'Abolishing death penalty possible'
NHRC chairman Justice S Rajendra Babu said the high courts and Supreme Court can commute a death penalty to a life term if there is inordinate delay in its execution. Satya Prakash reports.india Updated: Nov 12, 2007 04:15 IST
As the debate over the delay in the execution of Parliament attack case convict Mohammed Afzal rages, the National Human Rights Commission has said the high courts and Supreme Court can commute a death penalty to a life term if there is inordinate delay in its execution.
In an exclusive interview to the Hindustan Times, NHRC chairman Justice S. Rajendra Babu said that though the Commission was yet to take a formal stand on the death penalty, it was possible to recommend to Parliament to abolish it altogether. He said that in many cases where the period between the sentencing and the execution has been particularly long, the Supreme Court has commuted a death sentence to a life sentence.
Right-wing parties like the BJP and Shiv Sena have been demanding Afzal’s execution as the Supreme Court has already dismissed his appeal, review and curative petitions. However, the Centre has been sleeping on his mercy petition to the President.
Going by Justice Babu’s views, the delay in Afzal’s execution can become a valid ground for commuting his death sentence to life imprisonment.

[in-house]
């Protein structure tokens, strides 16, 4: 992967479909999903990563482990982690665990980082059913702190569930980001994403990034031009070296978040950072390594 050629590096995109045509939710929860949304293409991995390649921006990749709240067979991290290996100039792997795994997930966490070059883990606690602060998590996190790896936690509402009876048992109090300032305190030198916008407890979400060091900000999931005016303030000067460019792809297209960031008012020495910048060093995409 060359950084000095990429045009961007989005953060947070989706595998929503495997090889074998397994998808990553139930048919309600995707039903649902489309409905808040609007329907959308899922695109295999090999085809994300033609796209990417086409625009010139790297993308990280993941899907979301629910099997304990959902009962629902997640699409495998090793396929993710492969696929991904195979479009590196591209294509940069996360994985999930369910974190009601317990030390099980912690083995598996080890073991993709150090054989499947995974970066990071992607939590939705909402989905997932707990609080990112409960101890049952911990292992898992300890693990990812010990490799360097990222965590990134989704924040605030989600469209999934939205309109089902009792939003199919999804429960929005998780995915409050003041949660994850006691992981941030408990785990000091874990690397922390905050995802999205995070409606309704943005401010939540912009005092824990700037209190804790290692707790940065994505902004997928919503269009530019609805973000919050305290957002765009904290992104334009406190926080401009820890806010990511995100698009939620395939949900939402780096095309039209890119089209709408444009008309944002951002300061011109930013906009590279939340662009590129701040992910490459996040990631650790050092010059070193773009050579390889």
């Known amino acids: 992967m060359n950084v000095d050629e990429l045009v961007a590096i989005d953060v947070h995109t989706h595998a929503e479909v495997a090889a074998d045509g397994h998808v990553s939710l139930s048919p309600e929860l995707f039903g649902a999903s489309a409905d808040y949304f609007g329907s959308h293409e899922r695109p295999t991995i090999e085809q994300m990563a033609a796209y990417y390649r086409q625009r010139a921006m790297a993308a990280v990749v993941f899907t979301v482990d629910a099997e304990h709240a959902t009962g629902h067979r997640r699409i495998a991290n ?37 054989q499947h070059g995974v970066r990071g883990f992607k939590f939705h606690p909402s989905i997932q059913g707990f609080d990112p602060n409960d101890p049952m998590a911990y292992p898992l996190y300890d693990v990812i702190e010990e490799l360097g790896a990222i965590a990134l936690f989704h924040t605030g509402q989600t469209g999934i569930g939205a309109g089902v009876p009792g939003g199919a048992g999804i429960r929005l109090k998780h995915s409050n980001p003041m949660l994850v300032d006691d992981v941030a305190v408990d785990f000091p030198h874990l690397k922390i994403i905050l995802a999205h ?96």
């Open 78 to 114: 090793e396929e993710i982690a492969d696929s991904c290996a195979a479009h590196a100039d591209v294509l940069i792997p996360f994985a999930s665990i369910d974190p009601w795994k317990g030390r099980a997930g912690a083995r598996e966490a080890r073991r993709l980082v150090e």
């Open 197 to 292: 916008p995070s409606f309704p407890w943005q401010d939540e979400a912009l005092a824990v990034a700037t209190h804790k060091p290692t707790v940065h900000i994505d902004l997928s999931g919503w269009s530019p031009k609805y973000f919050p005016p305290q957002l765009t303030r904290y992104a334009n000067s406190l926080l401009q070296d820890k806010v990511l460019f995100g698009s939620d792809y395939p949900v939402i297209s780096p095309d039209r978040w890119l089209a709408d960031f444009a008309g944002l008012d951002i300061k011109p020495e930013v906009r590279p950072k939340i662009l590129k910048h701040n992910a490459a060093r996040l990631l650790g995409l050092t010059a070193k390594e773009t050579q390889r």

Asked if delays like this amount to violation of human rights, the NHRC chief said: “Whether it is a systemic problem or somebody has delayed it deliberately… these are all issues… the cases have to be studied. I can’t say generally in every (such) case there is a violation of human rights.” Skirting the issue, he added: “When there is a judicial verdict, there is very little the NHRC can do. It’s only the judiciary that can correct it… If you want me to say if it is human rights violation or not, I can’t say it.”
Stating that the President or a governor can pardon a death sentence, Justice Babu said: “The presidential pardon is a prerogative and no particular policy can be evolved in such matters. The NHRC by itself can’t evolve any particular policy.”
On the Commission’s stand on abolition of capital punishment, he said: “It’s possible. Just as the European Convention took the view that there should be no death sentence, one can take such a view and then recommend to the Parliament.” He added: “But whether we should do it or not… you see… it should be supported by adequate material. We have to do the necessary research and thereafter, take a particular stand… We can examine it.”
On whether Indian courts have developed an aversion to capital punishment (courts in Tamil Nadu, Uttar Pradesh and Delhi awarded over 60 life imprisonments on a single day last month), Justice Babu said: “The death sentence is to be awarded only in… the rarest of rare cases... If the court is not in a position to come to the conclusion that a case is not the rarest of rare cases, the judges may feel that the appropriate sentence to be awarded is the life sentence. It is a judicial discretion circumscribed by parameters set out by the Supreme Court.”